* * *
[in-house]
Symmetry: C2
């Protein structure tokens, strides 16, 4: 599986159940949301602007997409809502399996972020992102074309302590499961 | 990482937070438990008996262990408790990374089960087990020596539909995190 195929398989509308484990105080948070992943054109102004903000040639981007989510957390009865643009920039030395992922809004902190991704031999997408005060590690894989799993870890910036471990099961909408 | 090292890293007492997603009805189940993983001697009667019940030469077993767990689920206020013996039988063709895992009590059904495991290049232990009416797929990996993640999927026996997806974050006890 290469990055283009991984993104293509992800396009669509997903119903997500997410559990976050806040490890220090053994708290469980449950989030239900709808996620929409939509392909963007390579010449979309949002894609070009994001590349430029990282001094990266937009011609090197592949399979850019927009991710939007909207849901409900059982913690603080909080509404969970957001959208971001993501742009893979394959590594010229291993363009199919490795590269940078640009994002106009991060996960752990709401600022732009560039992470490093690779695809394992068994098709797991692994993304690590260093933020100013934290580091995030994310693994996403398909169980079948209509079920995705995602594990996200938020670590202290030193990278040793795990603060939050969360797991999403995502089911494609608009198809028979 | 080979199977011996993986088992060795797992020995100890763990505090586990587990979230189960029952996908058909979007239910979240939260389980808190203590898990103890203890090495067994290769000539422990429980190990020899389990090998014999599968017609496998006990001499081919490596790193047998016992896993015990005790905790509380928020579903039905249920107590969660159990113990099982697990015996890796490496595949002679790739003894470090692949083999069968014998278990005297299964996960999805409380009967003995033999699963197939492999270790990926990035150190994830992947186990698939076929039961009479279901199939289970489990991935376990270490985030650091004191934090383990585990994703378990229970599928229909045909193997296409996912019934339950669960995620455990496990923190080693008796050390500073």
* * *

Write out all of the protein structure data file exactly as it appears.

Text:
[in-house]
Symmetry: C2
């Protein structure tokens, strides 16, 4: 599986159940949301602007997409809502399996972020992102074309302590499961 | 990482937070438990008996262990408790990374089960087990020596539909995190 195929398989509308484990105080948070992943054109102004903000040639981007989510957390009865643009920039030395992922809004902190991704031999997408005060590690894989799993870890910036471990099961909408 | 090292890293007492997603009805189940993983001697009667019940030469077993767990689920206020013996039988063709895992009590059904495991290049232990009416797929990996993640999927026996997806974050006890 290469990055283009991984993104293509992800396009669509997903119903997500997410559990976050806040490890220090053994708290469980449950989030239900709808996620929409939509392909963007390579010449979309949002894609070009994001590349430029990282001094990266937009011609090197592949399979850019927009991710939007909207849901409900059982913690603080909080509404969970957001959208971001993501742009893979394959590594010229291993363009199919490795590269940078640009994002106009991060996960752990709401600022732009560039992470490093690779695809394992068994098709797991692994993304690590260093933020100013934290580091995030994310693994996403398909169980079948209509079920995705995602594990996200938020670590202290030193990278040793795990603060939050969360797991999403995502089911494609608009198809028979 | 080979199977011996993986088992060795797992020995100890763990505090586990587990979230189960029952996908058909979007239910979240939260389980808190203590898990103890203890090495067994290769000539422990429980190990020899389990090998014999599968017609496998006990001499081919490596790193047998016992896993015990005790905790509380928020579903039905249920107590969660159990113990099982697990015996890796490496595949002679790739003894470090692949083999069968014998278990005297299964996960999805409380009967003995033999699963197939492999270790990926990035150190994830992947186990698939076929039961009479279901199939289970489990991935376990270490985030650091004191934090383990585990994703378990229970599928229909045909193997296409996912019934339950669960995620455990496990923190080693008796050390500073």